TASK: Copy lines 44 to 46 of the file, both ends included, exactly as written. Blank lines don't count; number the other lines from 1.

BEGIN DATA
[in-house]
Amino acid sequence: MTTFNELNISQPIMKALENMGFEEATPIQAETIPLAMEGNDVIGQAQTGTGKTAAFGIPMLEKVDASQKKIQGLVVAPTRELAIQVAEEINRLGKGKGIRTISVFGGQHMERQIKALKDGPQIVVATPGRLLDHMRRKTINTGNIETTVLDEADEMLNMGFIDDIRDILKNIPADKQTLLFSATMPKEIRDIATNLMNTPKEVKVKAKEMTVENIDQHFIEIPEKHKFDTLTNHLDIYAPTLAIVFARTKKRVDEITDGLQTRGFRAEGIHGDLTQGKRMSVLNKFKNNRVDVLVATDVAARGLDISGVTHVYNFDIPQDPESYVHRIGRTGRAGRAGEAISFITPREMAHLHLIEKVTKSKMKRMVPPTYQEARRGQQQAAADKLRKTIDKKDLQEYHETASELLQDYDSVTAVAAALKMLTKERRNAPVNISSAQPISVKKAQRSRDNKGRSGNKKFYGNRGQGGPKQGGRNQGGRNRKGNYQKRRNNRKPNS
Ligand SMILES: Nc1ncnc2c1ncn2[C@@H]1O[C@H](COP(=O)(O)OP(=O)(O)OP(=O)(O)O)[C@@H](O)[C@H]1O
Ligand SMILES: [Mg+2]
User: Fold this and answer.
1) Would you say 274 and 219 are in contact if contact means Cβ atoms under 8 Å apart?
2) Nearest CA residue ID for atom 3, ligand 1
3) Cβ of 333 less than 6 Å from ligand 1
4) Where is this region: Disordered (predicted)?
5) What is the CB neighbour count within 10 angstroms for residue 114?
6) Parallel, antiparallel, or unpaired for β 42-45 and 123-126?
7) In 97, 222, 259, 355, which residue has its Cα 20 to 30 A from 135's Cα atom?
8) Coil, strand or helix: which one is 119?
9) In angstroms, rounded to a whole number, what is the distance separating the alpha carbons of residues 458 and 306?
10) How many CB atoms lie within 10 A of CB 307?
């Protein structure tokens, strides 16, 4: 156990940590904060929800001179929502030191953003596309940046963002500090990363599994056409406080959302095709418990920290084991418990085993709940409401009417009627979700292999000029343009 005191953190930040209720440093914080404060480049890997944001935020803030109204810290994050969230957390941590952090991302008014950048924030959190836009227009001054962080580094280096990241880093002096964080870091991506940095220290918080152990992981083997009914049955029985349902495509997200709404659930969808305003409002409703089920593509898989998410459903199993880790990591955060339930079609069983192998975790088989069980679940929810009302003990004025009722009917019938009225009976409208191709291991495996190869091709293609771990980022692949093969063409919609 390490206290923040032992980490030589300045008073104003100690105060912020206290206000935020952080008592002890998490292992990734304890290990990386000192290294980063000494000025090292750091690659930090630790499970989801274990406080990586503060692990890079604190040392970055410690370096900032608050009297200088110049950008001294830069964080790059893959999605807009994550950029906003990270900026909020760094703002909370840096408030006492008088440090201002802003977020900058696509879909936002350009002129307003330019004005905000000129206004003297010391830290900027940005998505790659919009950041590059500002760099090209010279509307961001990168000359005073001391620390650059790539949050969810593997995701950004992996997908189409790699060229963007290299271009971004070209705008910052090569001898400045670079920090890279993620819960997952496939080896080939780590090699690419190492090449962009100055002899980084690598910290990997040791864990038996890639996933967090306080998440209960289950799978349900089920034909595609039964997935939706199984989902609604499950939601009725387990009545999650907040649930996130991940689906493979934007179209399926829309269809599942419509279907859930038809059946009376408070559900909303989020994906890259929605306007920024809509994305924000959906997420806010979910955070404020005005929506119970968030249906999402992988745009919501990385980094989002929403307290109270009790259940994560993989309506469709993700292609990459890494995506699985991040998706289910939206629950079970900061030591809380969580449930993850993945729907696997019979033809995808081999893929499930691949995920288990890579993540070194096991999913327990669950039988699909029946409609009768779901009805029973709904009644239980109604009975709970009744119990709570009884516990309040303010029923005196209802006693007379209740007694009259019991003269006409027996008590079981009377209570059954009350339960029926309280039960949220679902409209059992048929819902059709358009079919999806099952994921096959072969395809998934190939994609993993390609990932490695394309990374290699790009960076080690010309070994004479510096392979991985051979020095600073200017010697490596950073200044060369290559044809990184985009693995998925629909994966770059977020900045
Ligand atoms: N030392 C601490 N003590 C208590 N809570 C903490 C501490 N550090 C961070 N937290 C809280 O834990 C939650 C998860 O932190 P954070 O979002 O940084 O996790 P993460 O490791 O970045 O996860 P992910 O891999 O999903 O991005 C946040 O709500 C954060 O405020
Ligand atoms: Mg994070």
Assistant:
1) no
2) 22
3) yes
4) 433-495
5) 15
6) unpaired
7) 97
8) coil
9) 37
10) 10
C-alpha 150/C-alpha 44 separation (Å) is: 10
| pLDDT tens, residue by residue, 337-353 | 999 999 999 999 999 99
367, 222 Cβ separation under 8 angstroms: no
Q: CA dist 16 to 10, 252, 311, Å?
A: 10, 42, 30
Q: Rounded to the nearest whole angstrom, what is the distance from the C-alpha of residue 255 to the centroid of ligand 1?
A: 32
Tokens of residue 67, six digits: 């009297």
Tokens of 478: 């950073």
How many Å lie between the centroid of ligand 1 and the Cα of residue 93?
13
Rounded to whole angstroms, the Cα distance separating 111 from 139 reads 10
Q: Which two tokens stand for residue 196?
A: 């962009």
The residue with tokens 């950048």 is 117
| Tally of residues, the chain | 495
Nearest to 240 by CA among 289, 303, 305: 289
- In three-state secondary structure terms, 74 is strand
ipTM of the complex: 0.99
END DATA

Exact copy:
The residue with tokens 């950048």 is 117
| Tally of residues, the chain | 495
Nearest to 240 by CA among 289, 303, 305: 289